L: Marilee Mahler, Stage Manager
R: Sandy Boren-Barrett, Director
Laura Kirkeby, Choreographer
I have been very fortunate to have had the opportunity to adapt some remarkable children's books for the stage. One of my favorites was "The Mitten" by Jan Brett. It was produced by Stages Theatre Company last year. Anyone who has read Jan's beautifully illustrated books knows that her readers are instantly transported to the magical settings of her stories.
"The Mitten" was a particularly fun adaptation for me because it is based on the Ukrainian folktale of a young boy who drops his white mitten into the snow. One at a time, various woodland creatures get inside the mitten for warmth until it is ready to burst. The last animal to enter the mitten, the Mouse, tickles the Bear's nose as she snuggles in. The Bear sneezes, and well, I don't want to give away the ending in case you haven't read it yet. :)
When the Artistic Director of Stages Theatre Company, Sandy Boren-Barrett asked me to adapt "The Mitten", she told me that she wanted it to be a dance-theatre piece. We had talked about this concept for a few years, and this seemed like the perfect story for this style. As a result, much of the play was set to music. Composer Shirley Mier began her research by listening to a lot of Russian-Ukrainian music. She truly caught the spirit of the story by using a "Peter and the Wolf" style. Each character had their own instrument and theme.
One of the things that I do for inspiration and relaxation is to take walks. Well, I have two Schnoodles, so my walks aren't always relaxing. Regardless, I remember taking them on a walk after a big snowfall prior to adapting "The Mitten". The snow was untouched and so white and sparkly that it actually hurt my eyes. The trees and bushes were heavily flocked with snow. The sky was endlessly blue. It was stunningly beautiful, and I felt as if we had stepped into a Jan Brett illustration.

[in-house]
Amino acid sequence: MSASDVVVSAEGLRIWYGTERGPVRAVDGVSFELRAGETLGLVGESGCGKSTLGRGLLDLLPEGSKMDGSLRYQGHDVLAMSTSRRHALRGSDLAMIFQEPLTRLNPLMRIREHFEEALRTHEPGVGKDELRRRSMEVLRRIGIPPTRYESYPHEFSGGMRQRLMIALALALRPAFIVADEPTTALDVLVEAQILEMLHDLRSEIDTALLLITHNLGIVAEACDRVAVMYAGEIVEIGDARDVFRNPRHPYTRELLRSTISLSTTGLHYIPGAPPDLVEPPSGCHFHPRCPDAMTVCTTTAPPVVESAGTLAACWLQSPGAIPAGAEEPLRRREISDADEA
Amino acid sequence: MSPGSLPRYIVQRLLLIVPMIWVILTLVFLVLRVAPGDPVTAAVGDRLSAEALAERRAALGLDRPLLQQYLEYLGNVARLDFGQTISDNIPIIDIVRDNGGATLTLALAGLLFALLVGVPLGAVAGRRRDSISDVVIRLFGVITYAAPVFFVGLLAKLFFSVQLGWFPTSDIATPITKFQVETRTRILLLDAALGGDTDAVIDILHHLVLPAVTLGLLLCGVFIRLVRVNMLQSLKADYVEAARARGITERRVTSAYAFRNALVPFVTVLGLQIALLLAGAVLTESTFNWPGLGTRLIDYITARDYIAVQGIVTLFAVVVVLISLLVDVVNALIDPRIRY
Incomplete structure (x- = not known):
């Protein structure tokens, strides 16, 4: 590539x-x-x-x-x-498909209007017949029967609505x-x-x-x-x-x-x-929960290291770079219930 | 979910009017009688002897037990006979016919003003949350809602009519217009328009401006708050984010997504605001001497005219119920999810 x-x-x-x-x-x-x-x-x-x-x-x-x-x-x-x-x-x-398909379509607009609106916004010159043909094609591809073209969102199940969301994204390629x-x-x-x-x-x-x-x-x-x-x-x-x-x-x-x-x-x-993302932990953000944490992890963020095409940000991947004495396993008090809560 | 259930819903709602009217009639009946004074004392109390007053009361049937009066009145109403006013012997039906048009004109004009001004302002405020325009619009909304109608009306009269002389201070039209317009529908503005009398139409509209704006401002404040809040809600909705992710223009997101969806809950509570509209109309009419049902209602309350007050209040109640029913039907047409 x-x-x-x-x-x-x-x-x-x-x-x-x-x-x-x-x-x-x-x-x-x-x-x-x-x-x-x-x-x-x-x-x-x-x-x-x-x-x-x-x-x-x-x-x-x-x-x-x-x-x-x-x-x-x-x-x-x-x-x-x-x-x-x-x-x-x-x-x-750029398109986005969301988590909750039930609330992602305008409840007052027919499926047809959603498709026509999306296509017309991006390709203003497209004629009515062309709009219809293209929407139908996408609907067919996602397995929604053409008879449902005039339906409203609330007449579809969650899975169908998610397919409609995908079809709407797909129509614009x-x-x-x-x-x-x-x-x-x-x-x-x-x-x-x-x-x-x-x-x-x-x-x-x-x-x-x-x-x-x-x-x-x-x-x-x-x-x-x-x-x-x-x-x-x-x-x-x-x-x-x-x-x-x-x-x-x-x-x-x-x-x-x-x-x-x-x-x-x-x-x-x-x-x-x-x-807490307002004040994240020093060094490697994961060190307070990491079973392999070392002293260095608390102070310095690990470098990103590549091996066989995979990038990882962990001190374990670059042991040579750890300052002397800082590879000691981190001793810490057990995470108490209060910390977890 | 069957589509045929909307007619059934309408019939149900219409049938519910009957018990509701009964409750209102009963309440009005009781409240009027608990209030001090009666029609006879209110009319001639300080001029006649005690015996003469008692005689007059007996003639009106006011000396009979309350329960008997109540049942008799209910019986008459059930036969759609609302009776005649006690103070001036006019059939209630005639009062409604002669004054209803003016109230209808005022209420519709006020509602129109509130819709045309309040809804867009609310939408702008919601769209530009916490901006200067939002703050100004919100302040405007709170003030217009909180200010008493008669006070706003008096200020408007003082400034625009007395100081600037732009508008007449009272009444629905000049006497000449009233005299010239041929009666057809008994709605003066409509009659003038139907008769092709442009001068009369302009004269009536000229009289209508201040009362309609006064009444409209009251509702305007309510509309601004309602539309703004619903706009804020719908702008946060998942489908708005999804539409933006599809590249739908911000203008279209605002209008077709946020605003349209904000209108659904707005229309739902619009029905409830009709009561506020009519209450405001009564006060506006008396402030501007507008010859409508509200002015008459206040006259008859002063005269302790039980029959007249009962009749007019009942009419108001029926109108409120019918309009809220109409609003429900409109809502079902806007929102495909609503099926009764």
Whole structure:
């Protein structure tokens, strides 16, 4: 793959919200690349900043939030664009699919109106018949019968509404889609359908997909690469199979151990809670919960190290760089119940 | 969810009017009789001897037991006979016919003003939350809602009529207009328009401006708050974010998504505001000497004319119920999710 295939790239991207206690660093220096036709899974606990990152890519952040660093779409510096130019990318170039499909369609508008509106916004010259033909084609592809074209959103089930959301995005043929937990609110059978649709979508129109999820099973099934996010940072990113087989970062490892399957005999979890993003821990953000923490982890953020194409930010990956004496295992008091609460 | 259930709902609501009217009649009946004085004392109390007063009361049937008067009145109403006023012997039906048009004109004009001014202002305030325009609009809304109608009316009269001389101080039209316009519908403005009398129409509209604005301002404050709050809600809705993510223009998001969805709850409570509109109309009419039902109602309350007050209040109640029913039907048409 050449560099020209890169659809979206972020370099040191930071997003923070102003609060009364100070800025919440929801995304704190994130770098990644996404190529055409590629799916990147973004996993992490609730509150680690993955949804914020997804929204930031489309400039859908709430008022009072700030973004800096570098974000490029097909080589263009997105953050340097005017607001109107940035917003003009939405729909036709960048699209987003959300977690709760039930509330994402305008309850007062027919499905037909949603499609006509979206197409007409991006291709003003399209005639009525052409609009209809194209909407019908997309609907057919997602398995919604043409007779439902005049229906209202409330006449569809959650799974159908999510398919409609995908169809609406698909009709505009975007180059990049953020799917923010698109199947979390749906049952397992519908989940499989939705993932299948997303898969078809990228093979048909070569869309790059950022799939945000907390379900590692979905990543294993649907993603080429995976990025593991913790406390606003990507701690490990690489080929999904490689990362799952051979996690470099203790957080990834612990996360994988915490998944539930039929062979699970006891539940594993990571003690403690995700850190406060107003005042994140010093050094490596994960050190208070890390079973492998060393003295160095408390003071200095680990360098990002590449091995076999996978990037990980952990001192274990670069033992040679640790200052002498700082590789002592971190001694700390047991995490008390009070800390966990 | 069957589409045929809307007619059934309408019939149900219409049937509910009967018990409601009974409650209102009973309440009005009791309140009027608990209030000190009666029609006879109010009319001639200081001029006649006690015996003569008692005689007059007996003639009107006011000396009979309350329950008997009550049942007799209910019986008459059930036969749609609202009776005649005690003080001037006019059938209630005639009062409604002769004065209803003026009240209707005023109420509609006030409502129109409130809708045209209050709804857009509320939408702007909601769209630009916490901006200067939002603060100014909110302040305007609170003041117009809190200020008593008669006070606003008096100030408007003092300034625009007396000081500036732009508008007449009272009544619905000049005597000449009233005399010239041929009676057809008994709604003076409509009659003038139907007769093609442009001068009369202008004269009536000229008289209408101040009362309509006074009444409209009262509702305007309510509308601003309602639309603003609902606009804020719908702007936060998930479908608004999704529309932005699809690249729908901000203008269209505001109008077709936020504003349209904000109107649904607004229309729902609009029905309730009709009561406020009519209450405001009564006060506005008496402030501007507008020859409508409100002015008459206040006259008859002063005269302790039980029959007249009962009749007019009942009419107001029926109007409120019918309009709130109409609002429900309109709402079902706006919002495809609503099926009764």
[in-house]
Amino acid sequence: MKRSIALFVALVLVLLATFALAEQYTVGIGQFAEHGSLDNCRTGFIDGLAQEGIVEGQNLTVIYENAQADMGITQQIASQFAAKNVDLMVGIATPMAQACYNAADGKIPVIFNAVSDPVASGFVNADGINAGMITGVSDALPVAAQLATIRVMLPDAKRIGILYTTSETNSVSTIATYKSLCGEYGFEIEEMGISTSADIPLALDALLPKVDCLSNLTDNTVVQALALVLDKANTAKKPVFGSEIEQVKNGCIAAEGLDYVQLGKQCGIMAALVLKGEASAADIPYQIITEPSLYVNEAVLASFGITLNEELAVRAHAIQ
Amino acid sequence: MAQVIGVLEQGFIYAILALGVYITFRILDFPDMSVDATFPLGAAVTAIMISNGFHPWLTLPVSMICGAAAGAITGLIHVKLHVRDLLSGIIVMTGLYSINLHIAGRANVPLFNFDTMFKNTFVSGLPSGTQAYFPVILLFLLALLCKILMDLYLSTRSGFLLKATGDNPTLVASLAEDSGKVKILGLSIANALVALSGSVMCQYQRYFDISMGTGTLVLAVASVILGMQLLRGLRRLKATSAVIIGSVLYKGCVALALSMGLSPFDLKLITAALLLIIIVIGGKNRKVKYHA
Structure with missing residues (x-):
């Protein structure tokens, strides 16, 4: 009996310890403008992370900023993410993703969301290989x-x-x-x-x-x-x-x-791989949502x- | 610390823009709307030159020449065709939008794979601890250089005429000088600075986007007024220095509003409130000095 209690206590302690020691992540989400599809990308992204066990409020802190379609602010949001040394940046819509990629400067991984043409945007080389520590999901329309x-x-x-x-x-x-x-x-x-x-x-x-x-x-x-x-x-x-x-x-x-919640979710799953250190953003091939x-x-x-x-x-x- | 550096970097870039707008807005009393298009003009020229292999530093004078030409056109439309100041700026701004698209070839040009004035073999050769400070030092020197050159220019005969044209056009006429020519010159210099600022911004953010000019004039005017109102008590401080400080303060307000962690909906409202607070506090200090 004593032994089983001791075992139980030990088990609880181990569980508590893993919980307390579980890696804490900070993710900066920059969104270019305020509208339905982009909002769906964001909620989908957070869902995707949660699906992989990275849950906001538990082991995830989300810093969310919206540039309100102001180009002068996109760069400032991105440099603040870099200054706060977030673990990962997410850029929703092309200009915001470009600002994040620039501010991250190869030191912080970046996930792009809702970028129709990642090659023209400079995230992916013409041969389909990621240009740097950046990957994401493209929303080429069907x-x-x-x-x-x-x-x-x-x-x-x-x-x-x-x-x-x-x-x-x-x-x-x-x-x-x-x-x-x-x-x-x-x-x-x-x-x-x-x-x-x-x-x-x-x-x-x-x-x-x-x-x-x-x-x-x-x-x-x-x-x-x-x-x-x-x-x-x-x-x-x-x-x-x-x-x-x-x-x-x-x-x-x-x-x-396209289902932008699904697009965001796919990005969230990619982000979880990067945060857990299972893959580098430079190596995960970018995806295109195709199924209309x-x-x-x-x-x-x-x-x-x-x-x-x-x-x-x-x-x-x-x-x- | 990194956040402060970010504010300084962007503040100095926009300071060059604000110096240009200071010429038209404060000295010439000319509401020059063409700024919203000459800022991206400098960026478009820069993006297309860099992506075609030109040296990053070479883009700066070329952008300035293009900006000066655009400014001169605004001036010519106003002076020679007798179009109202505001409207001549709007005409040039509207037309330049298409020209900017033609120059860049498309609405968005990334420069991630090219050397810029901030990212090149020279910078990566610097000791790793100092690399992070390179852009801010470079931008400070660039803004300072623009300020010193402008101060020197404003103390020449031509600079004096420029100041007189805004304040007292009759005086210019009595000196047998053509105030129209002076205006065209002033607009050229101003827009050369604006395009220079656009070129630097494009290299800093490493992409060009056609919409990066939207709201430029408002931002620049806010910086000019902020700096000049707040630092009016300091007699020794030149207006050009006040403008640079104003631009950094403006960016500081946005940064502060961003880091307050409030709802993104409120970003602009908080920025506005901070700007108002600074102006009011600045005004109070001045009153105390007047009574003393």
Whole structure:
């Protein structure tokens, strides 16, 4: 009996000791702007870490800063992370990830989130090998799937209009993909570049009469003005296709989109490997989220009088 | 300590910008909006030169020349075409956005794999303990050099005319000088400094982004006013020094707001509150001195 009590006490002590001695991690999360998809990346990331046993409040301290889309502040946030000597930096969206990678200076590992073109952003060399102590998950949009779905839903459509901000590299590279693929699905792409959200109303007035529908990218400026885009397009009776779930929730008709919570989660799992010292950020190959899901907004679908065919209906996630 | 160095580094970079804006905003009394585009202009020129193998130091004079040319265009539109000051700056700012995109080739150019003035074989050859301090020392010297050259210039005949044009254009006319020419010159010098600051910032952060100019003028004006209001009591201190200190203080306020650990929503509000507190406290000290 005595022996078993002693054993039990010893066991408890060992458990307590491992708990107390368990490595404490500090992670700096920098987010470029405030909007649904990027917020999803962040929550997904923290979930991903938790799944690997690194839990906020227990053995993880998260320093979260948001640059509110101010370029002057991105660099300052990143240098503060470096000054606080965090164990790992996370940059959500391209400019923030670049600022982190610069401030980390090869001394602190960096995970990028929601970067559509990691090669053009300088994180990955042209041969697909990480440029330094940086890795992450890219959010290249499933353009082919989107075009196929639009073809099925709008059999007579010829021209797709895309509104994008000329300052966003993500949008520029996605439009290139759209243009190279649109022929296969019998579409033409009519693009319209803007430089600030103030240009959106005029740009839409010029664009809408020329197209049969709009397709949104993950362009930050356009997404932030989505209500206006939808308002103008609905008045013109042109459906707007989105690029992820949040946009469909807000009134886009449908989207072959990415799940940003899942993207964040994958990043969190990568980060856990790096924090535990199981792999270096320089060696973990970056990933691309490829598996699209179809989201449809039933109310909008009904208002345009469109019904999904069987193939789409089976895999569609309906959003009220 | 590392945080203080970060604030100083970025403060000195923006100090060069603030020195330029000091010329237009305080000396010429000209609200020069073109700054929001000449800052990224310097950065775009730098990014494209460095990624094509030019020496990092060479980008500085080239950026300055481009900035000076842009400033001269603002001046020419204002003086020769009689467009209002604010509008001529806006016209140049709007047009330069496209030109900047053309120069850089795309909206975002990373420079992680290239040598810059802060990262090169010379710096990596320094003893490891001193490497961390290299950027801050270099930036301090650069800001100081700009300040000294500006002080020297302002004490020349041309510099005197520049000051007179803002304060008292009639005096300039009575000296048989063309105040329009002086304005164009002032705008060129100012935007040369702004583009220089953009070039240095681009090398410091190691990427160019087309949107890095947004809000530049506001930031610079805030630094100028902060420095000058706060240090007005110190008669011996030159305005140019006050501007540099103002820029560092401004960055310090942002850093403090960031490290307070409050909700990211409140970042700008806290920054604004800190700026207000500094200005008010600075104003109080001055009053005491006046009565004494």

As we crunched along through the snow, I watched how excited my dogs were to be outside. I wondered what it would be like to be their size moving through such deep snow. At times, my smaller dog, Sadie, would disappear into a soft snow drift, only to jump out with clumps of snow clinging to her fur. I thought about the different animals in "The Mitten" and how hard it would be for them to survive a long, cold winter. That walk was just what I needed to begin my adaptation.
As you can see from these photographs, the production of "The Mitten" was beautiful. We had an amazing production team and group of actors. Joe Stanley created a set that looked just like the exquisite illustrations in the book. The play was very well received, selling out many shows in the 730 seat theater.
One of the best things about writing a play (and at times the most terrifying) is sitting in the audience watching the production that you have worked on for months, sometimes years, unfold. For "The Mitten", I smiled as I listened to the "ooh's" and "ahh's" of the children. They absolutely loved guessing (and in many cases knowing) which animal was coming onstage next. One little boy sat in front of me holding his copy of the book. Even though he was obviously too young to read, he proudly turned the pages to follow along with the play.
There are other theatres that are interested in doing this production. We were asked many times where people could buy the music CD. Publishers have also asked about it. It is my hope that this musical has a long and happy life.
My next adaptation with Shirley Mier is "The Paper Bag Princess" by Robert Munsch. Auditions are this week, and it will open at Stages Theatre Company on April 17th. Come and see it. It is the original girl-power book!
Besides being an amazing artist, Jan Brett is a teacher's best friend. Visit her website: http://janbrett.com/. You will find an amazing array of free activities, coloring pages and projects. She recently started a blog in which she shares her life, her animals, what inspires her, and what her next projects are.